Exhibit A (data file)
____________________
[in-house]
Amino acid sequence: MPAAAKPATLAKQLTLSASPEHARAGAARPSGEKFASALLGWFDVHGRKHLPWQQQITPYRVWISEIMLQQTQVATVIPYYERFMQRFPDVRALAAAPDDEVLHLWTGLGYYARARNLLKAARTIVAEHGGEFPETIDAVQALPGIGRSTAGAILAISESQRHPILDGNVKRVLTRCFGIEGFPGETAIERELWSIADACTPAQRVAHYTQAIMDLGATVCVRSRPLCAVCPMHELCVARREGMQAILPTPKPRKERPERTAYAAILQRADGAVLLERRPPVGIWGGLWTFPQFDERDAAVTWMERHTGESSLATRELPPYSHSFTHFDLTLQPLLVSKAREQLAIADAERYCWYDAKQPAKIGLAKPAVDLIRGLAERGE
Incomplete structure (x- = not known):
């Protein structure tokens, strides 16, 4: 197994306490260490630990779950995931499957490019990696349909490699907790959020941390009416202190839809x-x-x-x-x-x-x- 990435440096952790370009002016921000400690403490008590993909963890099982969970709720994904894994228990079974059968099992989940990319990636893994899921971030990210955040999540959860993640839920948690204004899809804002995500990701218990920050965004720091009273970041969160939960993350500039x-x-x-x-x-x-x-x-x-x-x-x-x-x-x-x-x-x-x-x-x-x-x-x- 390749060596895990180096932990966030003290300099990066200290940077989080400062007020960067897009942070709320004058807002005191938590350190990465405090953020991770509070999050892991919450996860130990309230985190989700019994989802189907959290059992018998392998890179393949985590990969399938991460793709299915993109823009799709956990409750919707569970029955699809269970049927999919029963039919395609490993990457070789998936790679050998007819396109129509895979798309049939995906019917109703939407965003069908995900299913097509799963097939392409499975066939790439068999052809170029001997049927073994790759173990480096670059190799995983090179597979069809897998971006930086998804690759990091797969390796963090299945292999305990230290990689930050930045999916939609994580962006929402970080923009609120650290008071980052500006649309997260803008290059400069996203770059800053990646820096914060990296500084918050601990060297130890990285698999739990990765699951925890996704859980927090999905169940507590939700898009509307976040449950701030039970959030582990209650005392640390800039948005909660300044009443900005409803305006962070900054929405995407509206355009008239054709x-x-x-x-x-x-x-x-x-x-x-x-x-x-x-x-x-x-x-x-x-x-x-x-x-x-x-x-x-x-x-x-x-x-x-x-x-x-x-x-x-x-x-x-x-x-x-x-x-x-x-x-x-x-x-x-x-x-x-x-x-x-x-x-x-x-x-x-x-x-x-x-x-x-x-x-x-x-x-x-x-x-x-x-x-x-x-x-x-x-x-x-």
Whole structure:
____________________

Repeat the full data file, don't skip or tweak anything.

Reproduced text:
[in-house]
Amino acid sequence: MPAAAKPATLAKQLTLSASPEHARAGAARPSGEKFASALLGWFDVHGRKHLPWQQQITPYRVWISEIMLQQTQVATVIPYYERFMQRFPDVRALAAAPDDEVLHLWTGLGYYARARNLLKAARTIVAEHGGEFPETIDAVQALPGIGRSTAGAILAISESQRHPILDGNVKRVLTRCFGIEGFPGETAIERELWSIADACTPAQRVAHYTQAIMDLGATVCVRSRPLCAVCPMHELCVARREGMQAILPTPKPRKERPERTAYAAILQRADGAVLLERRPPVGIWGGLWTFPQFDERDAAVTWMERHTGESSLATRELPPYSHSFTHFDLTLQPLLVSKAREQLAIADAERYCWYDAKQPAKIGLAKPAVDLIRGLAERGE
Incomplete structure (x- = not known):
């Protein structure tokens, strides 16, 4: 197994306490260490630990779950995931499957490019990696349909490699907790959020941390009416202190839809x-x-x-x-x-x-x- 990435440096952790370009002016921000400690403490008590993909963890099982969970709720994904894994228990079974059968099992989940990319990636893994899921971030990210955040999540959860993640839920948690204004899809804002995500990701218990920050965004720091009273970041969160939960993350500039x-x-x-x-x-x-x-x-x-x-x-x-x-x-x-x-x-x-x-x-x-x-x-x- 390749060596895990180096932990966030003290300099990066200290940077989080400062007020960067897009942070709320004058807002005191938590350190990465405090953020991770509070999050892991919450996860130990309230985190989700019994989802189907959290059992018998392998890179393949985590990969399938991460793709299915993109823009799709956990409750919707569970029955699809269970049927999919029963039919395609490993990457070789998936790679050998007819396109129509895979798309049939995906019917109703939407965003069908995900299913097509799963097939392409499975066939790439068999052809170029001997049927073994790759173990480096670059190799995983090179597979069809897998971006930086998804690759990091797969390796963090299945292999305990230290990689930050930045999916939609994580962006929402970080923009609120650290008071980052500006649309997260803008290059400069996203770059800053990646820096914060990296500084918050601990060297130890990285698999739990990765699951925890996704859980927090999905169940507590939700898009509307976040449950701030039970959030582990209650005392640390800039948005909660300044009443900005409803305006962070900054929405995407509206355009008239054709x-x-x-x-x-x-x-x-x-x-x-x-x-x-x-x-x-x-x-x-x-x-x-x-x-x-x-x-x-x-x-x-x-x-x-x-x-x-x-x-x-x-x-x-x-x-x-x-x-x-x-x-x-x-x-x-x-x-x-x-x-x-x-x-x-x-x-x-x-x-x-x-x-x-x-x-x-x-x-x-x-x-x-x-x-x-x-x-x-x-x-x-």
Whole structure: